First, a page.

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Shedding Light on Student’s Response to Mandatory Chapel

A recent poll amongst students find chapel to be a waste of time. Here are the thoughts of our social media director, Jordan Nunies.

A recent poll amongst students find chapel to be a waste of time. Here are the thoughts of our social media director, Jordan Nunies.

Courtesy of Kamehmeha Schools

A recent poll amongst students find chapel to be a waste of time. Here are the thoughts of our social media director, Jordan Nunies.

Courtesy of Kamehmeha Schools

Courtesy of Kamehmeha Schools

A recent poll amongst students find chapel to be a waste of time. Here are the thoughts of our social media director, Jordan Nunies.

Shedding Light on Student’s Response to Mandatory Chapel

December 2, 2019

On a day to day basis, on school weeks, the Ka Mōʻī team reaches out on their social media platform, Instagram, to ask their readers about either school-related topics or fun questions to establish a positive and friendly reader environment.

Recently, the question was asked “How do you feel about Chapel?” on the Ka Mōʻī’s Instagram. The team was surprised by the number of responses to the question. However, what raised an eyebrow to the team was the tone that the responses were given in. Most responses were questionable and often did not reflect the appropriate mannerisms for Chapel Etiquette.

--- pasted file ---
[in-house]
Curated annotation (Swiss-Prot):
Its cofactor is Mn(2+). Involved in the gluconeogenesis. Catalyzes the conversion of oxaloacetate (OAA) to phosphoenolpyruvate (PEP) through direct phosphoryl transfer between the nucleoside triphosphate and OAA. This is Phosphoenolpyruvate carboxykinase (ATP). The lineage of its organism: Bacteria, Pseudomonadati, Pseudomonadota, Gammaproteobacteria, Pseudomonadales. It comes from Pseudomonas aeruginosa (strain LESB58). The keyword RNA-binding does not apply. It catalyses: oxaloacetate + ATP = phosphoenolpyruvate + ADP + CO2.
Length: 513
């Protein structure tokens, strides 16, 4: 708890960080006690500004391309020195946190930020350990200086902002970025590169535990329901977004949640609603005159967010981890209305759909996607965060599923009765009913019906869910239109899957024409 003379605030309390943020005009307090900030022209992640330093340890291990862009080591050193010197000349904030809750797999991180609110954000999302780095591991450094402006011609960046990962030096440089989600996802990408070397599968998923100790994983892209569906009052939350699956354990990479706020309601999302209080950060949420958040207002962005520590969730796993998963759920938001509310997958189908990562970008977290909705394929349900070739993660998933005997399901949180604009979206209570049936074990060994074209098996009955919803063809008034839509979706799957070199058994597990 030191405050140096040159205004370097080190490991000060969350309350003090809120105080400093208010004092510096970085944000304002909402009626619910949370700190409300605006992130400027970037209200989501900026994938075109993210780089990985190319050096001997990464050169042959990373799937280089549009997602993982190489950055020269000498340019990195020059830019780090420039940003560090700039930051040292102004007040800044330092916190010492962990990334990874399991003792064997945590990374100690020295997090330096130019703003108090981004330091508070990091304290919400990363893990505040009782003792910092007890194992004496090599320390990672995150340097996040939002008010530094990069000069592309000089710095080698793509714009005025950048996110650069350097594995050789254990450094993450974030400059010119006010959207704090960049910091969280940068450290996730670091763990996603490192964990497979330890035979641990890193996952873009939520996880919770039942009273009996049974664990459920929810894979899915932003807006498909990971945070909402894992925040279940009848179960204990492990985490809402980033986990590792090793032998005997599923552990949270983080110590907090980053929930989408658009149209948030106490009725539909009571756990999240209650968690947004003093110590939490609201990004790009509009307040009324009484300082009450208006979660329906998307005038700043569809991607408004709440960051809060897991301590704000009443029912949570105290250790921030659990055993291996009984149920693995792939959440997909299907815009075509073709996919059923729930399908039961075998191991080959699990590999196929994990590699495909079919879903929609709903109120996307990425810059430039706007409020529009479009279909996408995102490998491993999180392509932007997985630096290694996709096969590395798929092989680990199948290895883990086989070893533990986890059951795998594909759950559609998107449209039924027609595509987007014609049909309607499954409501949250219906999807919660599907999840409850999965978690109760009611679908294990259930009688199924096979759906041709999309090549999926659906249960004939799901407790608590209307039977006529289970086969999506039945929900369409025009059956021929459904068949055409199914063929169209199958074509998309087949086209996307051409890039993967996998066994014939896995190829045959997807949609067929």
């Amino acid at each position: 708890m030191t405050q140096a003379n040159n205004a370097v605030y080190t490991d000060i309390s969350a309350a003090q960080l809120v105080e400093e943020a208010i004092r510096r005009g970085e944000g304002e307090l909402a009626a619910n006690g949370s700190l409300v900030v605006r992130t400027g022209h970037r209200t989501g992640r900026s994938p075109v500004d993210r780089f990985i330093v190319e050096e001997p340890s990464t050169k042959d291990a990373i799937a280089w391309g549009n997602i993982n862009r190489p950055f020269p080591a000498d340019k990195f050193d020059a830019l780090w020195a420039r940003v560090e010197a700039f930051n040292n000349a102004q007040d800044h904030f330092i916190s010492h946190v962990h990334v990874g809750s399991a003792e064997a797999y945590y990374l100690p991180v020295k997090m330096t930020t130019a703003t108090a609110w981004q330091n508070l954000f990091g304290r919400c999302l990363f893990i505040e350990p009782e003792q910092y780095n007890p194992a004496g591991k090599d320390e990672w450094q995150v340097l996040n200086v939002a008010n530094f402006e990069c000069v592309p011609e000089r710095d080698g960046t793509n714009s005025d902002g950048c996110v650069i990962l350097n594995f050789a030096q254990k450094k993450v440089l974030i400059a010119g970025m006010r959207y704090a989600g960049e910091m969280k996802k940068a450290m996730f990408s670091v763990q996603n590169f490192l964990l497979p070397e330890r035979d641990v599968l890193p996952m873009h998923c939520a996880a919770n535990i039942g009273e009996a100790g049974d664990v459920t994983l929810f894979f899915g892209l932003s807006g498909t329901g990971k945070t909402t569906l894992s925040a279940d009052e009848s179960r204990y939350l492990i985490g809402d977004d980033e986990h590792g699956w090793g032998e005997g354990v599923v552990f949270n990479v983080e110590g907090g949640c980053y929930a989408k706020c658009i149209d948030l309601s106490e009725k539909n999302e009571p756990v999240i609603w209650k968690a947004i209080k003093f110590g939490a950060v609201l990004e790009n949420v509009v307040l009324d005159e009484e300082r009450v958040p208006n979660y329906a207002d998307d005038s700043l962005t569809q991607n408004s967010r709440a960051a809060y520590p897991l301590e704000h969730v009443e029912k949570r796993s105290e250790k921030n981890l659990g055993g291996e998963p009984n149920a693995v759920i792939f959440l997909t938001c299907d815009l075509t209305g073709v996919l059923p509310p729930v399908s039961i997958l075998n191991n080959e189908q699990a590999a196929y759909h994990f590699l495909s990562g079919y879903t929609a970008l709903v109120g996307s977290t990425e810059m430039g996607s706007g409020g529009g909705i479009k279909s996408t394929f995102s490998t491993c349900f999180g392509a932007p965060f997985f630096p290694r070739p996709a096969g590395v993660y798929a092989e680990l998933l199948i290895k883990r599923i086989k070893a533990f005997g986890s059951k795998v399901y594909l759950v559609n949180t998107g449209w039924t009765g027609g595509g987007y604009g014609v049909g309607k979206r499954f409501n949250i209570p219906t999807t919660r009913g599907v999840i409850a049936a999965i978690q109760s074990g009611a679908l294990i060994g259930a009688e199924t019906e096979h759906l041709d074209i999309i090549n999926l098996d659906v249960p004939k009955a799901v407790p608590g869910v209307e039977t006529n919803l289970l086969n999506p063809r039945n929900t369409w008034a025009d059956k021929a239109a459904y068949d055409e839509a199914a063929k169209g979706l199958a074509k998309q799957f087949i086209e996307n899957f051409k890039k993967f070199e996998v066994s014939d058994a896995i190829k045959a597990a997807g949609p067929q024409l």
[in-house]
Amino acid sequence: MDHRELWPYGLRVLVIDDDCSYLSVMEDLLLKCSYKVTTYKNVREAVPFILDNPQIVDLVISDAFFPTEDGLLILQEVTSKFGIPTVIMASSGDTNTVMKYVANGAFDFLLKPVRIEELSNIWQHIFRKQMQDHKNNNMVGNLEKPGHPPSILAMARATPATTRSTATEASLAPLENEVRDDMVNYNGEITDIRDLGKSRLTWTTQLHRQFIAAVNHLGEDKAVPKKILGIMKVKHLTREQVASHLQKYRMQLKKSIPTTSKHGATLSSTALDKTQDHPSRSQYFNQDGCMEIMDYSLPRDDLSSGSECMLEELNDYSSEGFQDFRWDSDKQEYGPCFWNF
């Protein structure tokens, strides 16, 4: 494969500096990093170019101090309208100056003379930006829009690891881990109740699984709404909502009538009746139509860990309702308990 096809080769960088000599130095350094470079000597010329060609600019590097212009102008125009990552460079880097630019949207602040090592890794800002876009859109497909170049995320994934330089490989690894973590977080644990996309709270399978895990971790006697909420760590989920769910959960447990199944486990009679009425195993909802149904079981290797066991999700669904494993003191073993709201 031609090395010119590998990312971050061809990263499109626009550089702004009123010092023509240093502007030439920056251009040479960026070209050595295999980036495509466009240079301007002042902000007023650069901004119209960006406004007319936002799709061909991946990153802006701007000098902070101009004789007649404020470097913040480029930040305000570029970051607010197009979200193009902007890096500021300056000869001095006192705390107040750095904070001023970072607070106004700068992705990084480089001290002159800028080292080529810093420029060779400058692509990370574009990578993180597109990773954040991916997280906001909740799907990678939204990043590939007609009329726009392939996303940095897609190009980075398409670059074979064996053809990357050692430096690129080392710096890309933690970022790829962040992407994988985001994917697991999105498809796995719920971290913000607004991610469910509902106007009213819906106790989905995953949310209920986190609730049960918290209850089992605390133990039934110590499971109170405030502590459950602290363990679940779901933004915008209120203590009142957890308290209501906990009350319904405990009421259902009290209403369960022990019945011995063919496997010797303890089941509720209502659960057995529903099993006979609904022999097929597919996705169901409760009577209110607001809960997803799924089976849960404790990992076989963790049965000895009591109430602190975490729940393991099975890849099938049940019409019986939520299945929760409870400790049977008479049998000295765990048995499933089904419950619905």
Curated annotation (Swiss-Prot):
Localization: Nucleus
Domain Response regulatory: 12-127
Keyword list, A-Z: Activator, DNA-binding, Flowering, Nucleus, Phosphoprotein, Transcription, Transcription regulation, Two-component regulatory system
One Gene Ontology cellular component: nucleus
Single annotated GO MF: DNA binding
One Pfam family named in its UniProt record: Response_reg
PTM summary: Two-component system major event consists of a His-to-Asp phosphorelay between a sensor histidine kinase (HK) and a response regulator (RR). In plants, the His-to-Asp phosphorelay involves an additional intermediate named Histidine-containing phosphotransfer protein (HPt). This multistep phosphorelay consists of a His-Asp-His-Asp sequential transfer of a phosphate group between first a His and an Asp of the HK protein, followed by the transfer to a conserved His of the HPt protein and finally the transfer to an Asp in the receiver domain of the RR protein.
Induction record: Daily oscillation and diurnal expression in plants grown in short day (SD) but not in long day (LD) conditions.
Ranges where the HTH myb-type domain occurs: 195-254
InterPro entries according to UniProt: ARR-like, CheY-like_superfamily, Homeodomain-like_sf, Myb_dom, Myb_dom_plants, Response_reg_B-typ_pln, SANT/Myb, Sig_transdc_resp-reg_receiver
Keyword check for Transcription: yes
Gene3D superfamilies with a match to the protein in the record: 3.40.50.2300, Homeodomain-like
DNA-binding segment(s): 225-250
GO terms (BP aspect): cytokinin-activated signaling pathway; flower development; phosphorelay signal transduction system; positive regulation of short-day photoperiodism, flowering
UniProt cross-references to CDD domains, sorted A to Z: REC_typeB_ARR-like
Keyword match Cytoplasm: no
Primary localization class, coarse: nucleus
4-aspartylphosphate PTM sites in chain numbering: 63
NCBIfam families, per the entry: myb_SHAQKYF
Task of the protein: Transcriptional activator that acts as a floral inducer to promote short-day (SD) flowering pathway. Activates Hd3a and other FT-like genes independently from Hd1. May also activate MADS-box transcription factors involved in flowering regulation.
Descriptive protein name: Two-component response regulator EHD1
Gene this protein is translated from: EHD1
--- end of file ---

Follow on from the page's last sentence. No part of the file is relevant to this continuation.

Either, students change their fixed mindset, or the Chapel service finds a different approachable manner to shift their service to a way to students that is intriguing.”

— Jordan Nunies

In reviewing the responses, I was able to come to the conclusion that most students share a common perspective on Mandatory Chapel: negative. As for myself, it’s not unusual to see a fellow classmate to share their unfiltered feelings on the manner. What concerns me is the student behavior towards Mandatory Chapel. Responses show that it’s a waste of time, or that the sermons are often looked over as repetitive or boring. With that said, obviously, something needs to be done. Either, students change their fixed mindset, or the Chapel service finds a different approachable manner to shift their service to a way to students that is intriguing.

A common solution would be to minimize the number of times students are singing and standing. Is it necessary to have more than one song at each service? Students would compromise to singing and standing to one song at the begging of the service and one song at the end of the service.

Another solution could be a shift in the narrative for the guest speakers. Perhaps, topics that talking more towards the scripture of the Bible instead of personal experience. Personal experiences do wield knowledge and insight but providing a deeper understanding of Bible scriptures would be greatly appreciated.

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